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While insulin pumps may help control glucose levels as well as regular insulin injections among some diabetics, new research suggests that they also appear to carry an increased risk of diabetic ketoacidosis; a condition that causes high blood acid levels, injury and hospitalization.
In a study published in the medical journal The BMJ on March 30, researchers from the United Kingdom compare the effectiveness of insulin pumps to daily injections among type 1 diabetics; which are those born with the disease.
The findings indicate that the pumps can significantly increase the risk of ketoacidosis in comparison.
Researchers evaluated data from clinical trials at eight clinics in England and Scotland, involving 317 patients. About half were implanted with insulin pumps, which monitor glucose levels and automatically inject insulin when needed, and half were given regular insulin injections.
According to the findings, both methods controlled glucose levels about the same, with patients on insulin pumps indicating that they were more satisfied and had better quality of life due to more dietary freedom and no need for the daily hassle of injections. However, the one place where insulin pumps appeared to carry a higher health risk was in the rate of cases of diabetic ketoacidosis, the study indicated.
There were 17 cases of diabetic ketoacidosis among those using the insulin pump, compared to five cases among those receiving regular insulin injections.
“The number or type of serious adverse events did not differ between the groups, witht he exception of diabetic ketoacidosis, which was greater in the pump group compared with multiple daily injections group,” the researchers determined. “Most episodes of ketoacidosis were caused by infections and 18% by set failure in those using pumps.”
The study also warned that those implanted with pumps appeared to be less educated on glycemic control than those who had to self-monitor and take daily injections to regulate their blood glucose levels.
Diabetes Drug Ketoacidosis Risks
The findings come amid increasing concern over the side effects of Invokana and similar diabetes drugs, which have been linked to an increased risk of diabetic ketoacidosis injuries among individuals with type 2 diabetes; which is an acquired disease.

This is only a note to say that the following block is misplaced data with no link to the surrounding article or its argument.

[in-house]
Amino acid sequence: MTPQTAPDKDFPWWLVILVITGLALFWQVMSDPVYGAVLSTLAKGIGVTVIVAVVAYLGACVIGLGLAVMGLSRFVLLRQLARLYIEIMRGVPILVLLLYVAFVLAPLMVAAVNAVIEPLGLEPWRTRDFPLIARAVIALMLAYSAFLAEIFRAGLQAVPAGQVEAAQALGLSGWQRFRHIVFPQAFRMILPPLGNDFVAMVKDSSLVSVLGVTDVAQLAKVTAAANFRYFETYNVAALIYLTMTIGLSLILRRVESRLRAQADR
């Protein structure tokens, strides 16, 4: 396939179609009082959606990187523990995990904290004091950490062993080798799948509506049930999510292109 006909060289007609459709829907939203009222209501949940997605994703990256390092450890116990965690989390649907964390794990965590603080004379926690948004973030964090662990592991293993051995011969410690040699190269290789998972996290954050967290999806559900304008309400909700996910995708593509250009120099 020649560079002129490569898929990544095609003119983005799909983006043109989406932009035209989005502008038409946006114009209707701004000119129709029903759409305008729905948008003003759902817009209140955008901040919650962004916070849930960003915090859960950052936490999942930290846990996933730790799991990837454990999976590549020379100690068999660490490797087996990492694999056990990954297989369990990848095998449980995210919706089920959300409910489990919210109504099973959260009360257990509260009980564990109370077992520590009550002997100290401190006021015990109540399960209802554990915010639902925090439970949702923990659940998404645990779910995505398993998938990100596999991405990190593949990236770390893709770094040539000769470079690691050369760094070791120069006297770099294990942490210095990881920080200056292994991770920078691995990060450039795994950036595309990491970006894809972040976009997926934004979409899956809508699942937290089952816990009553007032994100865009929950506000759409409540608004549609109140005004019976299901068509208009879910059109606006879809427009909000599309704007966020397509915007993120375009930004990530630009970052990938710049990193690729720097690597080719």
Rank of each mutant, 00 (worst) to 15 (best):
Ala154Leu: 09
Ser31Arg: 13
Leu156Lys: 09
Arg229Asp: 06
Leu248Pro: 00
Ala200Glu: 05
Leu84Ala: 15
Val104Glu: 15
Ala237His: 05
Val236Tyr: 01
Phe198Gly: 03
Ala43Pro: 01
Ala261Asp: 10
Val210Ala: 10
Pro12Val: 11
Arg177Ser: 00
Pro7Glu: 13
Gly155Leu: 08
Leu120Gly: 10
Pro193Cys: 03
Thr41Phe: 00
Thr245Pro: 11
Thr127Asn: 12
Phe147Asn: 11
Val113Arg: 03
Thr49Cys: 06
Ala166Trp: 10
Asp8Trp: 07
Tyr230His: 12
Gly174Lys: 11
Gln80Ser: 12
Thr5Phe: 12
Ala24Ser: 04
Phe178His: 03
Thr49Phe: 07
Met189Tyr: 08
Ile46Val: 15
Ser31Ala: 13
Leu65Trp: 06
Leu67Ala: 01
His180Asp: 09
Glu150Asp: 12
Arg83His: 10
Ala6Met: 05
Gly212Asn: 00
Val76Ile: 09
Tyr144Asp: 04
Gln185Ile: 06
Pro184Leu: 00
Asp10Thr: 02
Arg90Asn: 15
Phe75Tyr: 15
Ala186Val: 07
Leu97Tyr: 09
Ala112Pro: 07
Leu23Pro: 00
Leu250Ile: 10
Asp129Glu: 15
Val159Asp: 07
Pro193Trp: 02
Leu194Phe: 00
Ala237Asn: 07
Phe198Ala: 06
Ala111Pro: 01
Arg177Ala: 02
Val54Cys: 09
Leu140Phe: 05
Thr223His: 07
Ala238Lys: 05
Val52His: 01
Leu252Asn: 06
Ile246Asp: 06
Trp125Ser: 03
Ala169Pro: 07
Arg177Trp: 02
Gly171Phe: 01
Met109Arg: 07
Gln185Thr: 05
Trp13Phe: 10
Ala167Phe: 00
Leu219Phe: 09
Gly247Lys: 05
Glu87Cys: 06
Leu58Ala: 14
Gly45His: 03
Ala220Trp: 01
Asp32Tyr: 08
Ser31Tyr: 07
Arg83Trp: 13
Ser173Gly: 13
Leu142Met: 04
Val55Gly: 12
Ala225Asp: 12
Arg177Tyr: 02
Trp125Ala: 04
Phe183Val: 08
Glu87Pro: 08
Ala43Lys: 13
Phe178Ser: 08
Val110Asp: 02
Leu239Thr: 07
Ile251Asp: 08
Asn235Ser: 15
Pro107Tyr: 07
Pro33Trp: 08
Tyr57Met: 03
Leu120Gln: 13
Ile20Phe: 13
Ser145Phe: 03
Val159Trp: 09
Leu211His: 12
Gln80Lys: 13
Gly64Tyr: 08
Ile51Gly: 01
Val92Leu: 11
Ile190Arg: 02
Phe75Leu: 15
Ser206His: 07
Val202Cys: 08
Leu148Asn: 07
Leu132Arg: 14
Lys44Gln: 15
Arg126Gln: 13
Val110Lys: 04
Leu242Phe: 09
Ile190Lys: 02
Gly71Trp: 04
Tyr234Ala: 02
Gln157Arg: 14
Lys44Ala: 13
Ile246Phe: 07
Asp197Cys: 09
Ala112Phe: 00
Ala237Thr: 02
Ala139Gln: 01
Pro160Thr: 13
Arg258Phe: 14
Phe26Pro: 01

Although ketoacidosis is far more commonly seen in type 1 diabetics, a surprisingly large number of type 2 diabetics taking Invokana have developed the condition since the new-generation drug was introduced in 2013.
Invokana (canagliflozin) was the first member of new class of diabetes treatments, known as sodium glucose cotransporter 2 (SGLT-2) inhibitors. The drug works in a unique way, by altering some normal kidney functions to increase the amount of sugar excreted in the urine.
In December 2015, the FDA required Johnson & Johnson and the makers of other SGLT2 inhibitors, such as Farxiga and Jardiance, to add new diabetic ketoacidosis warnings to their medications. Those Invokana warnings urged users to stop taking the drug and seek immediate medical attention if they experience symptoms like abdominal pain, fatigue, nausea, respiratory problems or vomiting.
Less than a year later, in June 2016, the FDA required another warning label update to add information about the link between Invokana and kidney risks, indicating that the medication may increase the risk of acute kidney injury and other severe health problems.
The manufacturers now face a growing number of Invokana lawsuits filed in recent months, each raising similar allegations that the drug makers failed to adequately research the medication before marketing it as a new form of diabetes treatment, and withheld important safety warnings from consumers and the medical community.